On May 5, the unconstitutional National Day of Prayer, the Freedom from Religion Foundation (FFRF) filed suit against the U.S. Congress, the office of the Chaplain of the House of Representatives, and the entire United States of America, arguing that FFRF co-President Dan Barker had illegally been denied his right to offer a secular invocation to the House (guest prayers are often allowed). Part of their announcement:
U.S. Rep. Mark Pocan, who represents the Madison, Wis., district, sponsored Barker to deliver a guest invocation in February of 2015. The chaplain’s office informed Baker’s staff that it requires “guest chaplains” to be ordained and to submit an ordination certificate. Barker, who was a Christian minister for 19 years, retains a valid ordination, which he still uses to perform weddings.
Not only did Barker provide all the required documentation but he also submitted a draft of his remarks after being told he must address a “higher power.” Barker’s proposed remarks stated that there is no power higher than “We, the People of these United States.” Barker also invoked the spirit of founding patriot Thomas Paine, a non-Christian deist who promoted “Common Sense over dogma.”
Conroy [Patrick Conroy the official Chaplain of the House of Representatives], after delaying for months, officially rejected the request in January of 2016, noting in a letter to Pocan that Barker had “announced his atheism publicly” and therefore was not a true “minister of the gospel” eligible for the honor of appearing in front of Congress.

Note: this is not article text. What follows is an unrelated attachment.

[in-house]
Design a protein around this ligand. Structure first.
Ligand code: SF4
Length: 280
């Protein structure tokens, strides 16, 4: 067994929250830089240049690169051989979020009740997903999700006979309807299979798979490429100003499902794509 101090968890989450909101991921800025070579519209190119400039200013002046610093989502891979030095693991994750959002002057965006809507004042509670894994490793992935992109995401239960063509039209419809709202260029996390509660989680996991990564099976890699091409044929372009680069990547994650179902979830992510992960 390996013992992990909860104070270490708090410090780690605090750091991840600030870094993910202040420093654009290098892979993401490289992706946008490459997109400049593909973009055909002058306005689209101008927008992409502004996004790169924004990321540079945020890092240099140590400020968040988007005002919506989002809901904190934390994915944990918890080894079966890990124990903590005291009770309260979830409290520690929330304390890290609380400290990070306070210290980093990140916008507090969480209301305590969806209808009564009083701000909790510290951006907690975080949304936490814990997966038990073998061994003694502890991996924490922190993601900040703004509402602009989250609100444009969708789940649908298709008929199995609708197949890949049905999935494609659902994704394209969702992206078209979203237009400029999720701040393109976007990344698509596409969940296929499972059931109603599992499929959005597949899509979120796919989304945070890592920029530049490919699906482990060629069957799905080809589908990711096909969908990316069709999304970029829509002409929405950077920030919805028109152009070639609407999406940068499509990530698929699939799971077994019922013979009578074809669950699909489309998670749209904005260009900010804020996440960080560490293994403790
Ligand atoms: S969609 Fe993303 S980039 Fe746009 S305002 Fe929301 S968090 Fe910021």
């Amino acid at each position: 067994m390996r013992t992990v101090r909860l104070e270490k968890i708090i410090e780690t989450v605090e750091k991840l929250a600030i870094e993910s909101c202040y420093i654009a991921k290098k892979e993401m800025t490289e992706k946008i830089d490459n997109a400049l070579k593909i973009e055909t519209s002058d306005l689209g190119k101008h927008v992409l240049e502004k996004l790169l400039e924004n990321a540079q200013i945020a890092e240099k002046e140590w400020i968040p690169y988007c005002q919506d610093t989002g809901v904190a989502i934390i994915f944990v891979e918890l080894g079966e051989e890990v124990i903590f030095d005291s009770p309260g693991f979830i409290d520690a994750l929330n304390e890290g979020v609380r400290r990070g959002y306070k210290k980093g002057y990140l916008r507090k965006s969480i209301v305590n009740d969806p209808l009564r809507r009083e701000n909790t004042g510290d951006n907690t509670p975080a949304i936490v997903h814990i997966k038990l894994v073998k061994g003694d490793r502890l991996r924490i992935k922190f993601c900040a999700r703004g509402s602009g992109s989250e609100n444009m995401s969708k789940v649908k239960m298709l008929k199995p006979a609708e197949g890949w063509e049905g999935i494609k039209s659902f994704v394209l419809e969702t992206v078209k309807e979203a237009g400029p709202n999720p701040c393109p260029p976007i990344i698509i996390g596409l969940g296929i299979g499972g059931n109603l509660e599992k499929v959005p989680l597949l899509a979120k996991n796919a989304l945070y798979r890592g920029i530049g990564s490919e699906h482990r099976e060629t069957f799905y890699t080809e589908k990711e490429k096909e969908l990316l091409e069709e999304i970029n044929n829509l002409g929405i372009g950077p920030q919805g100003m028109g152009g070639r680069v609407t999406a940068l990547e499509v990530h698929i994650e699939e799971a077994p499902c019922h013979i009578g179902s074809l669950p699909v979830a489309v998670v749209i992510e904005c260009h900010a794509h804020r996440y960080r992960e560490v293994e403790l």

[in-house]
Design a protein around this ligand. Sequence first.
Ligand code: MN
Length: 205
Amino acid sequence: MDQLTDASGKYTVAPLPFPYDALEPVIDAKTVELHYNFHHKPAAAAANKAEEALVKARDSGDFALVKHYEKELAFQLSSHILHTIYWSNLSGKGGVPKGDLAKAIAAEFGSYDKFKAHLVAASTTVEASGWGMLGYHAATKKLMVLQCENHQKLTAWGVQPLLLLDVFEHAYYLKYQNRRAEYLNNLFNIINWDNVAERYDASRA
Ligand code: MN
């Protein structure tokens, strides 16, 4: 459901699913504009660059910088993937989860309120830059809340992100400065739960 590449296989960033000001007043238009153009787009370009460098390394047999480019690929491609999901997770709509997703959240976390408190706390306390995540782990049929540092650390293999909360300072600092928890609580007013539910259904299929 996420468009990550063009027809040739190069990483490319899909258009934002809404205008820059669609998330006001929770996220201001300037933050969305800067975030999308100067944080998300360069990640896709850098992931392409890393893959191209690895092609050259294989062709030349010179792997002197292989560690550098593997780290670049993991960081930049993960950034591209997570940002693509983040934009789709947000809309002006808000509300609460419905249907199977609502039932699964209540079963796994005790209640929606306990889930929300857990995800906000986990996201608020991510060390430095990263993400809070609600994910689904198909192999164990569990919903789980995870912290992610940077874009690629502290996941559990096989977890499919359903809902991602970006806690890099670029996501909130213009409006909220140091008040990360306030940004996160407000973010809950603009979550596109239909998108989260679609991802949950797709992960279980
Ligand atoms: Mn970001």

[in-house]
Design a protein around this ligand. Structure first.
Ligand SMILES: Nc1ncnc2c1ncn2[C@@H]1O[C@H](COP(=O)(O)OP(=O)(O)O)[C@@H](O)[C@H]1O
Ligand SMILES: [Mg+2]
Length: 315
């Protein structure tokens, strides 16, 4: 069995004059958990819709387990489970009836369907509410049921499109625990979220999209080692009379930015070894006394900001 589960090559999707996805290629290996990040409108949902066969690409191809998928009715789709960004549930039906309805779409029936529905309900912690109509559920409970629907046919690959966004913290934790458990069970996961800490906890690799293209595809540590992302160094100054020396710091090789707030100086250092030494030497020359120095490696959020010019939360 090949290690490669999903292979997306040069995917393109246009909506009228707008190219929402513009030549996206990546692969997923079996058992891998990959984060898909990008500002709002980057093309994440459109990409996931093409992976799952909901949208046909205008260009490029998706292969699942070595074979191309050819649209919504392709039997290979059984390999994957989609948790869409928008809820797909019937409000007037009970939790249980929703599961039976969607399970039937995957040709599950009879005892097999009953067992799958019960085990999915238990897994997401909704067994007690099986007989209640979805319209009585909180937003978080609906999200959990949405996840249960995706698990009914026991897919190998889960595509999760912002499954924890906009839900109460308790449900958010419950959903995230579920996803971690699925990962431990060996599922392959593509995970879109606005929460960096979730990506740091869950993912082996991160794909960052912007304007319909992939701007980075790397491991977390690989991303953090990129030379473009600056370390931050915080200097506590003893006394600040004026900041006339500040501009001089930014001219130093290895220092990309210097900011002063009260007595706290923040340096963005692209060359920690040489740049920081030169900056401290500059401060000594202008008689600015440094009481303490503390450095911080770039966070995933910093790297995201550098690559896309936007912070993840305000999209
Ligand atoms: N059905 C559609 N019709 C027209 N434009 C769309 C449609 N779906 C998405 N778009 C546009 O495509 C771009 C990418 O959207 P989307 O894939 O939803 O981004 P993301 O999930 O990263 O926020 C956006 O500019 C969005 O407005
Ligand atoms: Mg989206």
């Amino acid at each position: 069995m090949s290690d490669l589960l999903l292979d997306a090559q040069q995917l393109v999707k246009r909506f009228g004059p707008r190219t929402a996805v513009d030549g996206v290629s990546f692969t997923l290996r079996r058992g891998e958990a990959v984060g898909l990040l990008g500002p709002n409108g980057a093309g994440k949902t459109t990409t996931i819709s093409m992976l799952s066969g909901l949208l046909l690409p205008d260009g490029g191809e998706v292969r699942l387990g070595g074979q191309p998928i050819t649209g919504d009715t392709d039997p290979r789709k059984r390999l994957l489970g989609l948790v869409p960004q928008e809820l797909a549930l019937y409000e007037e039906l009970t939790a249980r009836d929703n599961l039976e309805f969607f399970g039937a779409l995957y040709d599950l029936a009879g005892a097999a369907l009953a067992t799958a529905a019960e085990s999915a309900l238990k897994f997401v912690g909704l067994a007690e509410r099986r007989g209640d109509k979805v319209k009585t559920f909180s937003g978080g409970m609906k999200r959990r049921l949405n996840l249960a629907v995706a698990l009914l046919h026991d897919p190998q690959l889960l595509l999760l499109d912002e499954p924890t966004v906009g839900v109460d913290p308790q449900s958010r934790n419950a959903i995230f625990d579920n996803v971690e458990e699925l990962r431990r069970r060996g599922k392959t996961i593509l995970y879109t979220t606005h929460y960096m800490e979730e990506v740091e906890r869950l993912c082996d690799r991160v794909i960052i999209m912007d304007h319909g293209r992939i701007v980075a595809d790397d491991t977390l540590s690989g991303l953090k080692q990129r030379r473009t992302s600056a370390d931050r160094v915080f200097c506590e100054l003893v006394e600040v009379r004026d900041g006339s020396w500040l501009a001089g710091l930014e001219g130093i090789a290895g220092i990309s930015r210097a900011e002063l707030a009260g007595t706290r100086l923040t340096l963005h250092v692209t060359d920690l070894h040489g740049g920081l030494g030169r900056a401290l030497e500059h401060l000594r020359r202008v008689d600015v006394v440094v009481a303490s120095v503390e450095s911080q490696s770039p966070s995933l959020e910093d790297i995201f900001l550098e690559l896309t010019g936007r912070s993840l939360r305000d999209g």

FFRF’s legal complaint documents that nearly 97 percent of House invocations over the past 15 years have been Christian, 2.7 percent have been Jewish and less than half a percent Muslim or Hindu. More than a third of the prayers were delivered by guest chaplains.
This is hilarious in a way, as Barker is indeed a minister of the gospel: he still carries his God Papers, and was deemed “not a true minister” because he’s now a nonbeliever.
This refusal is clearly uconstitutional, both in denying a secularist the right to offer an invocation, and in decreeing that an invocation has to be a prayer to a Higher Power. That privileges religion over nonbelief, a violation of the First Amendment.
Another technical violation of the First Amendment is the very office of the chaplaincy itself, which costs the American taxpayer about $800,000 a year for the House and Senate. In other words, if you’re a nonbelieving American, you’re subsidizing religious activities. You do it for the military, too, since they pay military chaplains, but they’re all religious. Humanist chaplains in the military don’t exist; as the Secular Coalition for America notes:
Currently, the armed services of the United States only allows chaplains who are granted an endorsement by an approved religious organization and who have received a graduate degree in theological or religious studies. This precludes atheists and non-religious from becoming chaplains. This does a tremendous disservice to the members of the armed services of this country.
If the courts followed the law, they’d have to allow not only secular chaplains in the military, but secular invocations (or, better yet, no invocations) in Congress. They can, after all, do without this stuff. The Constitutional Convention in 1787 managed to draw up our founding principles without any prayers, although Benjamin Franklin, then 81 years old, asked for them.
Here’s the FFRF’s lawsuit; click on the screenshot below to go to the pdf: